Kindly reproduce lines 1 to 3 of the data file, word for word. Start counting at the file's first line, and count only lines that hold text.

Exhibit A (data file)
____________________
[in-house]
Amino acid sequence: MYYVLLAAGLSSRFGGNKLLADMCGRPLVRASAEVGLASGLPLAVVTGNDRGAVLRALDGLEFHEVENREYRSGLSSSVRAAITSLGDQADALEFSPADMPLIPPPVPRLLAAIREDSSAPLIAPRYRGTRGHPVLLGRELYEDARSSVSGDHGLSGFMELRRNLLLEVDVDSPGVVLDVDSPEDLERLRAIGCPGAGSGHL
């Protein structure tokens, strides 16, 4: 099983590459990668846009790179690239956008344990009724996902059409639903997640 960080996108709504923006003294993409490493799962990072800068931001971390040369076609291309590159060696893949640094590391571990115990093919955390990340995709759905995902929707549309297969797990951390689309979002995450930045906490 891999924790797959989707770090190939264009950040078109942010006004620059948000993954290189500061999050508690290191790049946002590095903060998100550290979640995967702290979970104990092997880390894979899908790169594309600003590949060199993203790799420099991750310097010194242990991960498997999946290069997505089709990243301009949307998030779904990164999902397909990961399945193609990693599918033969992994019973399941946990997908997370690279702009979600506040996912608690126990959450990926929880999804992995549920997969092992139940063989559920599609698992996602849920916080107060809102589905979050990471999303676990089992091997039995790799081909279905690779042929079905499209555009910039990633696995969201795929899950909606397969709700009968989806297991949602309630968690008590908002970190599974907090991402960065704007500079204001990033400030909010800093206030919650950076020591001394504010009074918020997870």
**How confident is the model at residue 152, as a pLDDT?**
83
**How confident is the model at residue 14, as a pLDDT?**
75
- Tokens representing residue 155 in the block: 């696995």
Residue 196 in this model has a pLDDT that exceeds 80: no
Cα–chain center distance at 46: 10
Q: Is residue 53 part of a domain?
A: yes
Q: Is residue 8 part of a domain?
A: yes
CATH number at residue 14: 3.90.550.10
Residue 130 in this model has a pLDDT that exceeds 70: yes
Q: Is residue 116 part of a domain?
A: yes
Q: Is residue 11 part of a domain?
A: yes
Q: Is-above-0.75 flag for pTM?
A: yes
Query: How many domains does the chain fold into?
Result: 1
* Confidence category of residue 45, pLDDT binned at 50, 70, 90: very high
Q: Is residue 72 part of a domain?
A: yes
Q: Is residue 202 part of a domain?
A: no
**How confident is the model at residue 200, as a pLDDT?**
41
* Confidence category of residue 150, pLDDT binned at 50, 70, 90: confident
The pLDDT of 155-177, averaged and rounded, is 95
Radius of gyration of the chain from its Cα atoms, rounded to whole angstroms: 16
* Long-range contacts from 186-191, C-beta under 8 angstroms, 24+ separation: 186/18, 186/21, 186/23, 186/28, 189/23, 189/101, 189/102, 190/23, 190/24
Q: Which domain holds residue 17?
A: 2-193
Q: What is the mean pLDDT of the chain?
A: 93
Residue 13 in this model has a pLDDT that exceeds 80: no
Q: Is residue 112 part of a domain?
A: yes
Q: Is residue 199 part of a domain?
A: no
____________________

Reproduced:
[in-house]
Amino acid sequence: MYYVLLAAGLSSRFGGNKLLADMCGRPLVRASAEVGLASGLPLAVVTGNDRGAVLRALDGLEFHEVENREYRSGLSSSVRAAITSLGDQADALEFSPADMPLIPPPVPRLLAAIREDSSAPLIAPRYRGTRGHPVLLGRELYEDARSSVSGDHGLSGFMELRRNLLLEVDVDSPGVVLDVDSPEDLERLRAIGCPGAGSGHL
């Protein structure tokens, strides 16, 4: 099983590459990668846009790179690239956008344990009724996902059409639903997640 960080996108709504923006003294993409490493799962990072800068931001971390040369076609291309590159060696893949640094590391571990115990093919955390990340995709759905995902929707549309297969797990951390689309979002995450930045906490 891999924790797959989707770090190939264009950040078109942010006004620059948000993954290189500061999050508690290191790049946002590095903060998100550290979640995967702290979970104990092997880390894979899908790169594309600003590949060199993203790799420099991750310097010194242990991960498997999946290069997505089709990243301009949307998030779904990164999902397909990961399945193609990693599918033969992994019973399941946990997908997370690279702009979600506040996912608690126990959450990926929880999804992995549920997969092992139940063989559920599609698992996602849920916080107060809102589905979050990471999303676990089992091997039995790799081909279905690779042929079905499209555009910039990633696995969201795929899950909606397969709700009968989806297991949602309630968690008590908002970190599974907090991402960065704007500079204001990033400030909010800093206030919650950076020591001394504010009074918020997870």